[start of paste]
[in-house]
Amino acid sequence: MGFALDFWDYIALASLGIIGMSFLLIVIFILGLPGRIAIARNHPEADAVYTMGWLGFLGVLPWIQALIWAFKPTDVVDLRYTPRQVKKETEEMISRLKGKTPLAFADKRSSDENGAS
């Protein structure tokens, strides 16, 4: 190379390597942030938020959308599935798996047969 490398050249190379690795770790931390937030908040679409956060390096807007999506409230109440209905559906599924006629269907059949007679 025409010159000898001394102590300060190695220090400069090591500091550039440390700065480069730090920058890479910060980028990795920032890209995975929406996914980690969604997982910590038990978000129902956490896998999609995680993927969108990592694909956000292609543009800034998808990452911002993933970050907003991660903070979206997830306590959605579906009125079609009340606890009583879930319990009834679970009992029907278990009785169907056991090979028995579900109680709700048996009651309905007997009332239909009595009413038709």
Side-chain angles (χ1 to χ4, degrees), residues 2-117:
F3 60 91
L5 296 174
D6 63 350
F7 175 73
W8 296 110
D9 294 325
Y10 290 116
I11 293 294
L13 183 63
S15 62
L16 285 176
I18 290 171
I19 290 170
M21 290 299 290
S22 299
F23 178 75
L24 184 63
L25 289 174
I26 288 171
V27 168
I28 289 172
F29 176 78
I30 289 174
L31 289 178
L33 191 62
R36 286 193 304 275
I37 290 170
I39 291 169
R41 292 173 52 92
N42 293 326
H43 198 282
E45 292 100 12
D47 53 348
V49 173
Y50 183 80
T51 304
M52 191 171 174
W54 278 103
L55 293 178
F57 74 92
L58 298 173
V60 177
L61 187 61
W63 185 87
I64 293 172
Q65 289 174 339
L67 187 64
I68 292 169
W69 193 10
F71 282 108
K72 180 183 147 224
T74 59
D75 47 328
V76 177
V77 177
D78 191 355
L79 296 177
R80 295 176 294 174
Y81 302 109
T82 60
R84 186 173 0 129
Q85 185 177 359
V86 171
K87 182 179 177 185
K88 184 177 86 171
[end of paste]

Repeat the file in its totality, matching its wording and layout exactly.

[in-house]
Amino acid sequence: MGFALDFWDYIALASLGIIGMSFLLIVIFILGLPGRIAIARNHPEADAVYTMGWLGFLGVLPWIQALIWAFKPTDVVDLRYTPRQVKKETEEMISRLKGKTPLAFADKRSSDENGAS
């Protein structure tokens, strides 16, 4: 190379390597942030938020959308599935798996047969 490398050249190379690795770790931390937030908040679409956060390096807007999506409230109440209905559906599924006629269907059949007679 025409010159000898001394102590300060190695220090400069090591500091550039440390700065480069730090920058890479910060980028990795920032890209995975929406996914980690969604997982910590038990978000129902956490896998999609995680993927969108990592694909956000292609543009800034998808990452911002993933970050907003991660903070979206997830306590959605579906009125079609009340606890009583879930319990009834679970009992029907278990009785169907056991090979028995579900109680709700048996009651309905007997009332239909009595009413038709």
Side-chain angles (χ1 to χ4, degrees), residues 2-117:
F3 60 91
L5 296 174
D6 63 350
F7 175 73
W8 296 110
D9 294 325
Y10 290 116
I11 293 294
L13 183 63
S15 62
L16 285 176
I18 290 171
I19 290 170
M21 290 299 290
S22 299
F23 178 75
L24 184 63
L25 289 174
I26 288 171
V27 168
I28 289 172
F29 176 78
I30 289 174
L31 289 178
L33 191 62
R36 286 193 304 275
I37 290 170
I39 291 169
R41 292 173 52 92
N42 293 326
H43 198 282
E45 292 100 12
D47 53 348
V49 173
Y50 183 80
T51 304
M52 191 171 174
W54 278 103
L55 293 178
F57 74 92
L58 298 173
V60 177
L61 187 61
W63 185 87
I64 293 172
Q65 289 174 339
L67 187 64
I68 292 169
W69 193 10
F71 282 108
K72 180 183 147 224
T74 59
D75 47 328
V76 177
V77 177
D78 191 355
L79 296 177
R80 295 176 294 174
Y81 302 109
T82 60
R84 186 173 0 129
Q85 185 177 359
V86 171
K87 182 179 177 185
K88 184 177 86 171